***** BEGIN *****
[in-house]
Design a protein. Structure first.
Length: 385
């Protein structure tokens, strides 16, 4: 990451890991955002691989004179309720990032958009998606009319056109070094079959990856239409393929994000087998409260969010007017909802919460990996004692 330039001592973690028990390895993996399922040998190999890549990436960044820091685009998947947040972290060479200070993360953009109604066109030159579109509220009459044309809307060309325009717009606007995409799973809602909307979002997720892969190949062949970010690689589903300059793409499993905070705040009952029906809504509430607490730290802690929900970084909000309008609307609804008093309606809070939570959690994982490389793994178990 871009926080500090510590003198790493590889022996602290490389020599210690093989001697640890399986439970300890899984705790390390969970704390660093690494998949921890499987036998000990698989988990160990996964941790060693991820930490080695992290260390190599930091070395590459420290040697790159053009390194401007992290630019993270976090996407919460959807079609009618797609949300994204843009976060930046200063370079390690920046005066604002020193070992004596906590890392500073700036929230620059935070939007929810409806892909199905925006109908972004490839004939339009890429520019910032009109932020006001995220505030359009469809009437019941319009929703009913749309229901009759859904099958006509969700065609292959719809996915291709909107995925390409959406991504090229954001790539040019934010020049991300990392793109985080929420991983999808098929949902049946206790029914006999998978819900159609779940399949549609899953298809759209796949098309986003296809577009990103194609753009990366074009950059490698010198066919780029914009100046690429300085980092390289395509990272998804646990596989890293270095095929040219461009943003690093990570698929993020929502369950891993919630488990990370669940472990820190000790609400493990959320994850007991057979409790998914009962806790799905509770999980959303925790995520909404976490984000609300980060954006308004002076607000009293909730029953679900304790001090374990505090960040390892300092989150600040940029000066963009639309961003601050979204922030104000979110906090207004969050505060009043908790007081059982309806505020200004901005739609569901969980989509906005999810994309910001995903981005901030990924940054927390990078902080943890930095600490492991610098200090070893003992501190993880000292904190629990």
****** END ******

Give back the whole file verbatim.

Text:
[in-house]
Design a protein. Structure first.
Length: 385
């Protein structure tokens, strides 16, 4: 990451890991955002691989004179309720990032958009998606009319056109070094079959990856239409393929994000087998409260969010007017909802919460990996004692 330039001592973690028990390895993996399922040998190999890549990436960044820091685009998947947040972290060479200070993360953009109604066109030159579109509220009459044309809307060309325009717009606007995409799973809602909307979002997720892969190949062949970010690689589903300059793409499993905070705040009952029906809504509430607490730290802690929900970084909000309008609307609804008093309606809070939570959690994982490389793994178990 871009926080500090510590003198790493590889022996602290490389020599210690093989001697640890399986439970300890899984705790390390969970704390660093690494998949921890499987036998000990698989988990160990996964941790060693991820930490080695992290260390190599930091070395590459420290040697790159053009390194401007992290630019993270976090996407919460959807079609009618797609949300994204843009976060930046200063370079390690920046005066604002020193070992004596906590890392500073700036929230620059935070939007929810409806892909199905925006109908972004490839004939339009890429520019910032009109932020006001995220505030359009469809009437019941319009929703009913749309229901009759859904099958006509969700065609292959719809996915291709909107995925390409959406991504090229954001790539040019934010020049991300990392793109985080929420991983999808098929949902049946206790029914006999998978819900159609779940399949549609899953298809759209796949098309986003296809577009990103194609753009990366074009950059490698010198066919780029914009100046690429300085980092390289395509990272998804646990596989890293270095095929040219461009943003690093990570698929993020929502369950891993919630488990990370669940472990820190000790609400493990959320994850007991057979409790998914009962806790799905509770999980959303925790995520909404976490984000609300980060954006308004002076607000009293909730029953679900304790001090374990505090960040390892300092989150600040940029000066963009639309961003601050979204922030104000979110906090207004969050505060009043908790007081059982309806505020200004901005739609569901969980989509906005999810994309910001995903981005901030990924940054927390990078902080943890930095600490492991610098200090070893003992501190993880000292904190629990």